I think I prefer full frame cameras but the D500 was a relative bargain for someone who shoots wildlife. I did try the D850 but then realised I needed to add a grip and battery to up the frame rate, then the focus area only covered some of the viewfinder. I sort of made it a rule that if spent extra cash it needed to offer a LOT of extra value. I wasn’t convinced the D850 would, even though it’s a fabulous camera. I stuck with the D500. Then the Z9 came out and……….. problem solved………….. but………………budget blown!
How patient are you? What will you think if the mythical Z8/Z7iii suddenly bounces onto the market in late November?
 

StefanSC

Well-known member
Just an idea:

The D810s are rather cheap used these days and still have stunning image quality.

One could go with a D500 for wildlife and a D810 for landscape, macro, portraits and so on (even ocasional portraits of wildlife when you can fill the frame and get all that 36 Mpx goodness).

At least that's what I did and I am quite happy :)
 

Doug Herr

Well-known member
... sometimes a little noise can even be helpful: When I shot these raccoons, at first there were only 3 of them visible. But after the first short burst, another one stood up, and after another burst one more stood up, to see what's going on (try that with mirrorless, lol)...
The sound can be turned on (and more importantly, off) with mirrorless.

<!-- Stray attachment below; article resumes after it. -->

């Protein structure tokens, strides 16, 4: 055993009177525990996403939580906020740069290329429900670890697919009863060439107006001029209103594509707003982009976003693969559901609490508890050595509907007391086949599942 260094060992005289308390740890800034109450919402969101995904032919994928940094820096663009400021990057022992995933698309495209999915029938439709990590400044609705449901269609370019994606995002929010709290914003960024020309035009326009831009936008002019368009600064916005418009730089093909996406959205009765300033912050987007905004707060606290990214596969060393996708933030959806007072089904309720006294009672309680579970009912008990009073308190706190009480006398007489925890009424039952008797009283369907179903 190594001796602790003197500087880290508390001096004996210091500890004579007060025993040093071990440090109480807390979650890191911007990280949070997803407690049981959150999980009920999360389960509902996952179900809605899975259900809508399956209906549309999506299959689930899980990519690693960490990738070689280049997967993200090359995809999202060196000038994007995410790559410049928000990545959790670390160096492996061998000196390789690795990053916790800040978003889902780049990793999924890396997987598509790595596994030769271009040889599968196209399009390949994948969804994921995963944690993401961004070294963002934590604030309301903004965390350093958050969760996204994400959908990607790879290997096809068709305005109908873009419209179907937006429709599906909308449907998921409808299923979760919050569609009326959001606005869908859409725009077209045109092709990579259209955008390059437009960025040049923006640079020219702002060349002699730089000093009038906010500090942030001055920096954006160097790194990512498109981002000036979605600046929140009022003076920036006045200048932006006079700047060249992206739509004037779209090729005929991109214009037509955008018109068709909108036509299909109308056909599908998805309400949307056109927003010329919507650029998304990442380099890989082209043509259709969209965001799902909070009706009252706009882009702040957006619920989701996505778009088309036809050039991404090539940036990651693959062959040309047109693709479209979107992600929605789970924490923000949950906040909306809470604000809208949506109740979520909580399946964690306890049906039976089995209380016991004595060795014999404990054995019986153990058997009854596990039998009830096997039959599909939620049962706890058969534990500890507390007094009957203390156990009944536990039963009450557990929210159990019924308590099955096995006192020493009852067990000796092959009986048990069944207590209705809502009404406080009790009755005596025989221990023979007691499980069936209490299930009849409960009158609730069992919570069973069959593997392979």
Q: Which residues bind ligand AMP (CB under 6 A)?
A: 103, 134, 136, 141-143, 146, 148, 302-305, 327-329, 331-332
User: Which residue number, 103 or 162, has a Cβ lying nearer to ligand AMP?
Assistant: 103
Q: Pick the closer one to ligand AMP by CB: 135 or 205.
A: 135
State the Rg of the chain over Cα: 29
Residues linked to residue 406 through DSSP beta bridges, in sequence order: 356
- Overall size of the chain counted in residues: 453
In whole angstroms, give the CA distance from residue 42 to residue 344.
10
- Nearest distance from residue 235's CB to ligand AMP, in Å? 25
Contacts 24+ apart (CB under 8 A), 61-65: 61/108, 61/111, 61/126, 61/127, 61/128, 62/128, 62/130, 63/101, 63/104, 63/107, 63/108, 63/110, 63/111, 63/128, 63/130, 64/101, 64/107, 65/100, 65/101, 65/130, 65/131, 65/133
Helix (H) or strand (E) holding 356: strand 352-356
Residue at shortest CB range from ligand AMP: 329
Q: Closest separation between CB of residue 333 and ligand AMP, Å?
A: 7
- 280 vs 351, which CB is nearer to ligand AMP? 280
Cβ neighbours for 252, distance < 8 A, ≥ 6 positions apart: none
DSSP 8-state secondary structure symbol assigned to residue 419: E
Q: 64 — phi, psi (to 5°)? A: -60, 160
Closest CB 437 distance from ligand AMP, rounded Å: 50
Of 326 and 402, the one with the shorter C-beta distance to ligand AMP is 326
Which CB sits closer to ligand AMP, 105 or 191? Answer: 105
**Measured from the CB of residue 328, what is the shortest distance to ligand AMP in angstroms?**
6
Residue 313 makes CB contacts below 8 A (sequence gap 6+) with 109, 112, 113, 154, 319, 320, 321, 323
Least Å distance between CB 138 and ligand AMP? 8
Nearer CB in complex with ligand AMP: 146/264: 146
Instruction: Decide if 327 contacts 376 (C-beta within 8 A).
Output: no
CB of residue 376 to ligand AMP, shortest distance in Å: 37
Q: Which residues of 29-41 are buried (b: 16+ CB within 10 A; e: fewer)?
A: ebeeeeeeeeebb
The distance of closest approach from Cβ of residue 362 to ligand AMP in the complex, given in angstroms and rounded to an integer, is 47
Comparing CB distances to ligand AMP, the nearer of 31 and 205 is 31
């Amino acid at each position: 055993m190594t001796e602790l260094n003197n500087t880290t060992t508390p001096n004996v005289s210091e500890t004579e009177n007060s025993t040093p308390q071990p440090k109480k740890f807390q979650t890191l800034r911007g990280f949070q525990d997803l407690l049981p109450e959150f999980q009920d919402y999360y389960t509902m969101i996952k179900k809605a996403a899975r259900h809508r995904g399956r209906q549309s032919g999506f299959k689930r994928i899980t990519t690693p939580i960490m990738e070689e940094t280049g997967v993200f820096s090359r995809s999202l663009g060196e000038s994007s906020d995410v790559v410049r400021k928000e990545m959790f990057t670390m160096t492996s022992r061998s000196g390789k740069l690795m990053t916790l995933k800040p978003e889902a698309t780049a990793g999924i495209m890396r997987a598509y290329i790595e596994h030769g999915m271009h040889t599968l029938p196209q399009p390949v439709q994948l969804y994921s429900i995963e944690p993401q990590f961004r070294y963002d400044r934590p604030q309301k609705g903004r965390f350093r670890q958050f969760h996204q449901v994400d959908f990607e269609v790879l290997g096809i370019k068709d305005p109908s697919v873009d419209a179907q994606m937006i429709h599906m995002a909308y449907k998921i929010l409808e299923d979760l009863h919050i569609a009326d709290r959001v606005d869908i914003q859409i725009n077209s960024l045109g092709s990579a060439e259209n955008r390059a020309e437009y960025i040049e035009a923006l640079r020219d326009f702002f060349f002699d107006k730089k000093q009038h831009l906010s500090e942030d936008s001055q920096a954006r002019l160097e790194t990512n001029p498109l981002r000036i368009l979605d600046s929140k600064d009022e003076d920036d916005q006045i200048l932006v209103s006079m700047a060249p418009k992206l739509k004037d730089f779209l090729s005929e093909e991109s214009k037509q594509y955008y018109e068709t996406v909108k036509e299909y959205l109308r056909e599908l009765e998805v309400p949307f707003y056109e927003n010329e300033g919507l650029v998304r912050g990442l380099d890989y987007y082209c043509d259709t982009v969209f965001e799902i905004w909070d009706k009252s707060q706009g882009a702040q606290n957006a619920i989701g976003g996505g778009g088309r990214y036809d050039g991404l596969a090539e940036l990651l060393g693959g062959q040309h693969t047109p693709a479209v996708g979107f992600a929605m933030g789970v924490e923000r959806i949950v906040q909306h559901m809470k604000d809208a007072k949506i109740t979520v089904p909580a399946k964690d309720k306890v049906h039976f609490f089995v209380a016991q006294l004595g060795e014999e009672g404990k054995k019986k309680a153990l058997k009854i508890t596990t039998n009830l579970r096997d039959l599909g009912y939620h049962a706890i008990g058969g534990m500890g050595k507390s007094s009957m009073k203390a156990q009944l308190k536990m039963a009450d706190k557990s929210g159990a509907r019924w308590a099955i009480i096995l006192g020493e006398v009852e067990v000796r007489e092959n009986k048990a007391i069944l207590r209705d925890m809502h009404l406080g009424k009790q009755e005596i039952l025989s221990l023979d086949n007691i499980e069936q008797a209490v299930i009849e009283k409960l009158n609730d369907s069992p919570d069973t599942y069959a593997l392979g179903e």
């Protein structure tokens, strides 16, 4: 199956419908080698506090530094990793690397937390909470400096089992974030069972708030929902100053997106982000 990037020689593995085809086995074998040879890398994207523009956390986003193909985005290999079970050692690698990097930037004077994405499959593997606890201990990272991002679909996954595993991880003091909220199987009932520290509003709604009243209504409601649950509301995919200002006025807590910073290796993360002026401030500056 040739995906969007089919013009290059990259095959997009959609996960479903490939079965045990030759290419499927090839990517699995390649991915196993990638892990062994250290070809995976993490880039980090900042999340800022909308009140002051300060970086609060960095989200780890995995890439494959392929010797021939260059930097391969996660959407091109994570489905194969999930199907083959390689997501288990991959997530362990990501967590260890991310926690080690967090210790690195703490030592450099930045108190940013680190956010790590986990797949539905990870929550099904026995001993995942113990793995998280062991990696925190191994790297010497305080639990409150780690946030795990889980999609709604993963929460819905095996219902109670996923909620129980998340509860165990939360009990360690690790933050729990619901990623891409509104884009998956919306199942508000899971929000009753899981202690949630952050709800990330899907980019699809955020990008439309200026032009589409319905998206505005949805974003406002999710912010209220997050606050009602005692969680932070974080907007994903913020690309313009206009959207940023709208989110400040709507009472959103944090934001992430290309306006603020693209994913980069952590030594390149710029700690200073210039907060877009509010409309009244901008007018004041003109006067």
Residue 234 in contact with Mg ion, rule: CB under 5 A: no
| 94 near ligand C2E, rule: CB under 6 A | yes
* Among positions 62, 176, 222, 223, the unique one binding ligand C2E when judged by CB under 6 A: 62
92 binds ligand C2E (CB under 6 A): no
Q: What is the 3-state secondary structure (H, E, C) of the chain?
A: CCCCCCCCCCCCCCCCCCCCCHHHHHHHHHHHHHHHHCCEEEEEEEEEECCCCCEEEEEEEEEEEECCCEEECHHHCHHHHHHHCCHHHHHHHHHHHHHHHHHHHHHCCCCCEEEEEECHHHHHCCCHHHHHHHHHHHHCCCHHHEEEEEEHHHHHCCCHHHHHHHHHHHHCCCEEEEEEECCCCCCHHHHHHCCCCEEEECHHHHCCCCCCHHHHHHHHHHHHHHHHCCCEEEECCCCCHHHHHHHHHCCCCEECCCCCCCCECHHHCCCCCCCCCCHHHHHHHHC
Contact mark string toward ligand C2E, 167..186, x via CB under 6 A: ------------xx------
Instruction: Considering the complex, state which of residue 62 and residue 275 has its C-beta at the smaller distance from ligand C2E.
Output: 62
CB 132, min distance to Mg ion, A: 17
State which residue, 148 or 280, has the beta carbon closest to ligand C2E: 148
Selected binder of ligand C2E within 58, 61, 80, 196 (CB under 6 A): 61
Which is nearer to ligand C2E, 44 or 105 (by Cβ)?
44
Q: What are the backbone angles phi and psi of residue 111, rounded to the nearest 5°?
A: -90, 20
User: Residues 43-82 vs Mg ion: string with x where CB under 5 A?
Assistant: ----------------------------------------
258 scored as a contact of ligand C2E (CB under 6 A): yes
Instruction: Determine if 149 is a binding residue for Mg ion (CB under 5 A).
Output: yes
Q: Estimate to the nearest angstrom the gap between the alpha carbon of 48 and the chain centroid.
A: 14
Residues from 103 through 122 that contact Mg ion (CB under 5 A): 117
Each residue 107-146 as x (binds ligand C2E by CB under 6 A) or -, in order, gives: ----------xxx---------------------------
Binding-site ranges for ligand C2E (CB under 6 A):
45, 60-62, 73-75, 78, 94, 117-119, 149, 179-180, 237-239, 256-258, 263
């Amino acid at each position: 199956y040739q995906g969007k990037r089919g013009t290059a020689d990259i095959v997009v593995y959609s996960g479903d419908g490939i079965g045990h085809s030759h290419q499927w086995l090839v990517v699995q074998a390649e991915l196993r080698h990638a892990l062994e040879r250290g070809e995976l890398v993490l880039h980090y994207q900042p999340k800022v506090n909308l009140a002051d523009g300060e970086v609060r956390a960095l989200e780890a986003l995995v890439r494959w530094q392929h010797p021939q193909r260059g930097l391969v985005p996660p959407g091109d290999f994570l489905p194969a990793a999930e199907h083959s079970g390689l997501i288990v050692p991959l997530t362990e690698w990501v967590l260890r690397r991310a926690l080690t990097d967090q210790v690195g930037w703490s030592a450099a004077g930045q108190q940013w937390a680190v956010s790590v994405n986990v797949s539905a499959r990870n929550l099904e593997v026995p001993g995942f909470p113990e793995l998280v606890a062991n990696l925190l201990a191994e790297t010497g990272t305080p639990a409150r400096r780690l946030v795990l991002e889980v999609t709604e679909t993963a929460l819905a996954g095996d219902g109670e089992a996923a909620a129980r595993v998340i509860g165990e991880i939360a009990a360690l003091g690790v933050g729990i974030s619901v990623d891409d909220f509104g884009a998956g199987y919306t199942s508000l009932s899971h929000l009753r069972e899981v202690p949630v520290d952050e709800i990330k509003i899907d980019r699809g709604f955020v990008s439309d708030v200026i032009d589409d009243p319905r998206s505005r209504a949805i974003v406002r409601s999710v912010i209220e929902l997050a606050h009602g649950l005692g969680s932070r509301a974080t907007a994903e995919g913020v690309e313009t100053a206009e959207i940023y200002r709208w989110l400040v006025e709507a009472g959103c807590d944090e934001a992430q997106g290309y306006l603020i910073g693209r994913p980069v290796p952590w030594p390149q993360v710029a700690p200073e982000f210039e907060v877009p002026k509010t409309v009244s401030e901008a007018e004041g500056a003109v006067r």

Pxlwz

New member
The sound can be turned on (and more importantly, off) with mirrorless.
You are right, at least with some mirrorless cameras (the turning on part). But I would have never thought of doing it for the raccoon picture, nor would I have had the time to do it.
Markus
 

Soopahmahn

Member
I am in a similar boat, but I will not sell my D500. I love it to death and it's such a stellar tool. I am looking to acquire a D850 to enhance my "focal length" options and take advantage of my 14-24 (it's kind of silly using that lens on DX haha). I like the idea of having a prime tele bolted to the D500 and a shorter zoom on the D850, with TCs as options for either.

I hope you end up with what you want! It's a journey... and the more you shoot the more you'll realize what you need vs what you want or what looks good on paper.